Health and Family Services Cabinet
Mental Health Grant Helps Put More Kentuckians to Work
Grant Aids Programs Focused on Supported Employment
The Department for Behavioral Health, Developmental and Intellectual Disabilities (BHDID) is working to help Kentuckians with serious mental illness obtain employment using a community mental health grant received earlier this year. Kentucky was one of 12 states to be awarded the Dartmouth/Johnson & Johnson grant, which totals $280,000.
Four pilot sites have been chosen to launch the employment initiative, including Four Rivers Behavioral Health, Communicare Inc., NorthKey Community Care and Comprehend Inc.
“The main goal of this program is to create a supported employment system that allows everyone to contribute to their community, no matter what the challenge,” said BHDID Commissioner Stephen Hall. “This program will help our community mental health centers (CMHCs) as they work with people with serious mental illness so they can enter the workforce, improve their quality of life and thrive in their own communities.”
In 2009, only 9.65 percent of adults with serious mental illnesses served by the CMHCs were employed in Kentucky, even though employment is viewed by mental health professionals as a central piece of an individual’s recovery process.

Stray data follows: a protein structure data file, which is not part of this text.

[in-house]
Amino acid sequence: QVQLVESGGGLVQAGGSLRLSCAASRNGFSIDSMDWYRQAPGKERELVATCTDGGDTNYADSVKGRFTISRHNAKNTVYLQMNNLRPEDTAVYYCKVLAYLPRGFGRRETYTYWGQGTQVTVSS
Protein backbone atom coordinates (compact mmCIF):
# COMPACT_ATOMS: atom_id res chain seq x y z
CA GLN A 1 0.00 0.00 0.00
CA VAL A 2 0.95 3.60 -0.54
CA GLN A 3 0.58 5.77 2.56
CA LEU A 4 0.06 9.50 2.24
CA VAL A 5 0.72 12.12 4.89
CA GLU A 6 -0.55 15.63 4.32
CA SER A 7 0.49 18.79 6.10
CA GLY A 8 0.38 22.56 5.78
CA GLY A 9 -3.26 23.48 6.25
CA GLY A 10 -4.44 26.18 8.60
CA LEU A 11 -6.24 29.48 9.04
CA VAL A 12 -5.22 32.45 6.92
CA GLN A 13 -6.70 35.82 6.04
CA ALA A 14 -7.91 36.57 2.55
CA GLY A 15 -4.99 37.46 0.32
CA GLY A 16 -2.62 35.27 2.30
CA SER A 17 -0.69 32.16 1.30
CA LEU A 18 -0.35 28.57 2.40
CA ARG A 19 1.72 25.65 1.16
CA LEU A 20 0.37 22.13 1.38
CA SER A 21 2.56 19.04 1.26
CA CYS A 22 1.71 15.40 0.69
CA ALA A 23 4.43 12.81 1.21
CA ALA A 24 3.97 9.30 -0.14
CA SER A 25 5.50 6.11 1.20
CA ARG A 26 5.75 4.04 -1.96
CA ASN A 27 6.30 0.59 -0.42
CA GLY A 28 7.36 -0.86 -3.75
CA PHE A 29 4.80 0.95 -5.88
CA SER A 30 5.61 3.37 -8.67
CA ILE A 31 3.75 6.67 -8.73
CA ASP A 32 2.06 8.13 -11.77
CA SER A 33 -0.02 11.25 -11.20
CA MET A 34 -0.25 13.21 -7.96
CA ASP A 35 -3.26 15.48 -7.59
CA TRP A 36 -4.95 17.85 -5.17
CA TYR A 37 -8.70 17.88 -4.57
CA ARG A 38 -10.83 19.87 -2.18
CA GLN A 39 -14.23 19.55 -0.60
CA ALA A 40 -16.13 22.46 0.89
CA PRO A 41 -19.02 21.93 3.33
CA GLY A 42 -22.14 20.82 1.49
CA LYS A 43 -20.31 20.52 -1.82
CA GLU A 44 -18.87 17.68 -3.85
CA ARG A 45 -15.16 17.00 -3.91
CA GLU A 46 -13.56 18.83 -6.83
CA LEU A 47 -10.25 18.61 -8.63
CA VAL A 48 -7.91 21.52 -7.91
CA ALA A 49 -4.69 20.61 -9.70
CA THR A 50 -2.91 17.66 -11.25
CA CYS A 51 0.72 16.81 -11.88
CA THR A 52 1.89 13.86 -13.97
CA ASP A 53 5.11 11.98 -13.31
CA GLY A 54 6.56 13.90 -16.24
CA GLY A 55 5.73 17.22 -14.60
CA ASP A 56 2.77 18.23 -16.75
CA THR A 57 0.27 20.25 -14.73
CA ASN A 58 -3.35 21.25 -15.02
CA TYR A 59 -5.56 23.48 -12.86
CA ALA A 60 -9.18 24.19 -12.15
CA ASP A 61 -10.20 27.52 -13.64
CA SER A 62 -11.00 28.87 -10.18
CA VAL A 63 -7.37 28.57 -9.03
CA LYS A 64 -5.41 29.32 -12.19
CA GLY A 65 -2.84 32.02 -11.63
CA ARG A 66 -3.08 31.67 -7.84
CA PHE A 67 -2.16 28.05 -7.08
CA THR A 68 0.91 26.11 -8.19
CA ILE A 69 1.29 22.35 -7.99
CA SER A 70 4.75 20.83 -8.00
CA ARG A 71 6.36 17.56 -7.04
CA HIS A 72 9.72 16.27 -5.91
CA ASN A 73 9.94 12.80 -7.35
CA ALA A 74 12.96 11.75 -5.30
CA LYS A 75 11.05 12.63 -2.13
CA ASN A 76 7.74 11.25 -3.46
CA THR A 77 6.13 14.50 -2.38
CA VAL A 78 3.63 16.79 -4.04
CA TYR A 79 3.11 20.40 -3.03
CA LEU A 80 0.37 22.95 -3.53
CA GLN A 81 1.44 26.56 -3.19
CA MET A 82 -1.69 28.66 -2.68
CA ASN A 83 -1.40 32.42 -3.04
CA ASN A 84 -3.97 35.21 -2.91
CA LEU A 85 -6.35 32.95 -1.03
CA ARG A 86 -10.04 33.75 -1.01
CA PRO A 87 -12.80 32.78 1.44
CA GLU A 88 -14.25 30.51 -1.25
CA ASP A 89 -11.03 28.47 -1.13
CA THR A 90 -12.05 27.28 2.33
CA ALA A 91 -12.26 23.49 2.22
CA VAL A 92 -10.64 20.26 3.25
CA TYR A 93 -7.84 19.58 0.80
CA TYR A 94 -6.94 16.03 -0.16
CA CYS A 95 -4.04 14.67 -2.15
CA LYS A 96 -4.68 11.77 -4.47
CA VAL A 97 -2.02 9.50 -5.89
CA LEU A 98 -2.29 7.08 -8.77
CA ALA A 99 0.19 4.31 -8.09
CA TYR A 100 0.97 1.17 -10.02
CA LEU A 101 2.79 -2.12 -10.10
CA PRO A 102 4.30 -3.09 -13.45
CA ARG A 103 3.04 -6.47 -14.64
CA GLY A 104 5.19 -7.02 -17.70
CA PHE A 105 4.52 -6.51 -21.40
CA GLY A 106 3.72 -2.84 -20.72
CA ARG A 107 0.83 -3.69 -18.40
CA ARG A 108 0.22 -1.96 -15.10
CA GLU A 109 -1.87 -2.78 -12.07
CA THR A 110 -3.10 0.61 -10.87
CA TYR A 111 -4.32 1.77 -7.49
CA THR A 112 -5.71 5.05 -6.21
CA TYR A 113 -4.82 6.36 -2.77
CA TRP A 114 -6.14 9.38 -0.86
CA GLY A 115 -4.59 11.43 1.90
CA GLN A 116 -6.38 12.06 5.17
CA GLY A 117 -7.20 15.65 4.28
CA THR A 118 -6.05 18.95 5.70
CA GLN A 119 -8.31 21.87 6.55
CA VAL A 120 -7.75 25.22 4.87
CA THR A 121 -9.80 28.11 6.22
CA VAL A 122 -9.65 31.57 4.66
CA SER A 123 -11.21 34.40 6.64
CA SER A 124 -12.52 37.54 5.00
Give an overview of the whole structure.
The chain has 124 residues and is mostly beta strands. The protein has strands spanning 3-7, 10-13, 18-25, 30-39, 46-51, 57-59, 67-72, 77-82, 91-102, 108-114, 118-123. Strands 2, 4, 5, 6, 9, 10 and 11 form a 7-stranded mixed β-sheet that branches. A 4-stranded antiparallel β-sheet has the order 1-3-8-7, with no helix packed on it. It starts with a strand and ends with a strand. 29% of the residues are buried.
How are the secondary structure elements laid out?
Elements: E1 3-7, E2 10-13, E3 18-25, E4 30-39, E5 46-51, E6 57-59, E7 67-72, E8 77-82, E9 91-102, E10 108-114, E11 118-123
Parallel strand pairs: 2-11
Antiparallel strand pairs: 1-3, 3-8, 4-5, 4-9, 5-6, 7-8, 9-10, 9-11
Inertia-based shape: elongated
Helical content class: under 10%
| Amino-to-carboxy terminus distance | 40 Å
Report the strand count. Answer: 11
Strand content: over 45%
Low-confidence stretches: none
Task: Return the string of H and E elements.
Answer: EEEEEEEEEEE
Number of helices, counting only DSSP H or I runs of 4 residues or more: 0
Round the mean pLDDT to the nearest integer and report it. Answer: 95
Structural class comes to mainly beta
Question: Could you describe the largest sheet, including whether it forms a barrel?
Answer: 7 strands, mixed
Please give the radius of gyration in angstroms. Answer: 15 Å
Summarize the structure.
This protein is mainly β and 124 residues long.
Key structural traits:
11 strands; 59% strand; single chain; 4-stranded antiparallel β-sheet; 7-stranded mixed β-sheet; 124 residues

“We have seen individuals completely turn their lives around after receiving a job,” said Lou Kurtz, associate director for planning and best practices for BHDID.
The grant provides four years of funding for the program. As part of the award, states are expected to identify a state mental health authority and state vocational rehabilitation liaison, and a full-time supported employment trainer.
States funded under this initiative that utilize the evidence-based Supported Employment (SE) model, also known as Individual Placement and Supports (IPS), base their services on a number of core principles including the integration of mental health and the Office of Vocational Rehabilitation (OVR).
“The Dartmouth initiative fulfills a longtime dream for many people in both agencies to further expand supported employment in Kentucky,” said Carol Estes, OVR branch manager of supported employment services. “For a person with a serious mental illness, having a job brings a better quality of life, a valued role in society and an opportunity to contribute. We in OVR are very excited to partner with BHDID, and we're committed to seeing great success from this project.”
For more information on SE, contact Kurtz at (502) 564-4456.